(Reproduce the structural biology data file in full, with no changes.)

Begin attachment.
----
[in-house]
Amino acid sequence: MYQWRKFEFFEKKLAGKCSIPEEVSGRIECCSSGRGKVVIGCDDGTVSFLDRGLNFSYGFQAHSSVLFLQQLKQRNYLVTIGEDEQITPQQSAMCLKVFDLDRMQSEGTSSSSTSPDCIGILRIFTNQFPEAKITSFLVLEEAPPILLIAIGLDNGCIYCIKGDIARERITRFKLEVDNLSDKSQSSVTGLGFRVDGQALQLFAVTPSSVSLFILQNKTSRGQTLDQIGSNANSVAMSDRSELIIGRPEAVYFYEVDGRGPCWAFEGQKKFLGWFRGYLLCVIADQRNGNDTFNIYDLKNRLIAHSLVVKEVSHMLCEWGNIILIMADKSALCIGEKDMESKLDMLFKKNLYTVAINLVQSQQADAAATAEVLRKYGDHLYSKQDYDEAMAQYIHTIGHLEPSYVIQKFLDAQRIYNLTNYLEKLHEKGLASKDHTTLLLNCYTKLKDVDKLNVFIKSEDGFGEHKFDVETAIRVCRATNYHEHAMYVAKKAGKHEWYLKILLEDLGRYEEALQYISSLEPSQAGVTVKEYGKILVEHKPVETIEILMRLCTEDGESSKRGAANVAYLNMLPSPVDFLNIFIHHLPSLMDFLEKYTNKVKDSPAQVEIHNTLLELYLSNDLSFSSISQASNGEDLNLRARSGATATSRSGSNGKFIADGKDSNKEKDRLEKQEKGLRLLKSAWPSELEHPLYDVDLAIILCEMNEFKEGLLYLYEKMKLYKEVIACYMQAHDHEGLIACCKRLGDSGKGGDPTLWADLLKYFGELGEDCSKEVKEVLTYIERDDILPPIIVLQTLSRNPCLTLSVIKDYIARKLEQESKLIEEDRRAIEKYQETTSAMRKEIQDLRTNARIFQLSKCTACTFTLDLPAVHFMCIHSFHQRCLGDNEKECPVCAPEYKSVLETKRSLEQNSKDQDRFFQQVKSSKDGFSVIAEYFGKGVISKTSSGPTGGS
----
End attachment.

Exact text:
[in-house]
Amino acid sequence: MYQWRKFEFFEKKLAGKCSIPEEVSGRIECCSSGRGKVVIGCDDGTVSFLDRGLNFSYGFQAHSSVLFLQQLKQRNYLVTIGEDEQITPQQSAMCLKVFDLDRMQSEGTSSSSTSPDCIGILRIFTNQFPEAKITSFLVLEEAPPILLIAIGLDNGCIYCIKGDIARERITRFKLEVDNLSDKSQSSVTGLGFRVDGQALQLFAVTPSSVSLFILQNKTSRGQTLDQIGSNANSVAMSDRSELIIGRPEAVYFYEVDGRGPCWAFEGQKKFLGWFRGYLLCVIADQRNGNDTFNIYDLKNRLIAHSLVVKEVSHMLCEWGNIILIMADKSALCIGEKDMESKLDMLFKKNLYTVAINLVQSQQADAAATAEVLRKYGDHLYSKQDYDEAMAQYIHTIGHLEPSYVIQKFLDAQRIYNLTNYLEKLHEKGLASKDHTTLLLNCYTKLKDVDKLNVFIKSEDGFGEHKFDVETAIRVCRATNYHEHAMYVAKKAGKHEWYLKILLEDLGRYEEALQYISSLEPSQAGVTVKEYGKILVEHKPVETIEILMRLCTEDGESSKRGAANVAYLNMLPSPVDFLNIFIHHLPSLMDFLEKYTNKVKDSPAQVEIHNTLLELYLSNDLSFSSISQASNGEDLNLRARSGATATSRSGSNGKFIADGKDSNKEKDRLEKQEKGLRLLKSAWPSELEHPLYDVDLAIILCEMNEFKEGLLYLYEKMKLYKEVIACYMQAHDHEGLIACCKRLGDSGKGGDPTLWADLLKYFGELGEDCSKEVKEVLTYIERDDILPPIIVLQTLSRNPCLTLSVIKDYIARKLEQESKLIEEDRRAIEKYQETTSAMRKEIQDLRTNARIFQLSKCTACTFTLDLPAVHFMCIHSFHQRCLGDNEKECPVCAPEYKSVLETKRSLEQNSKDQDRFFQQVKSSKDGFSVIAEYFGKGVISKTSSGPTGGS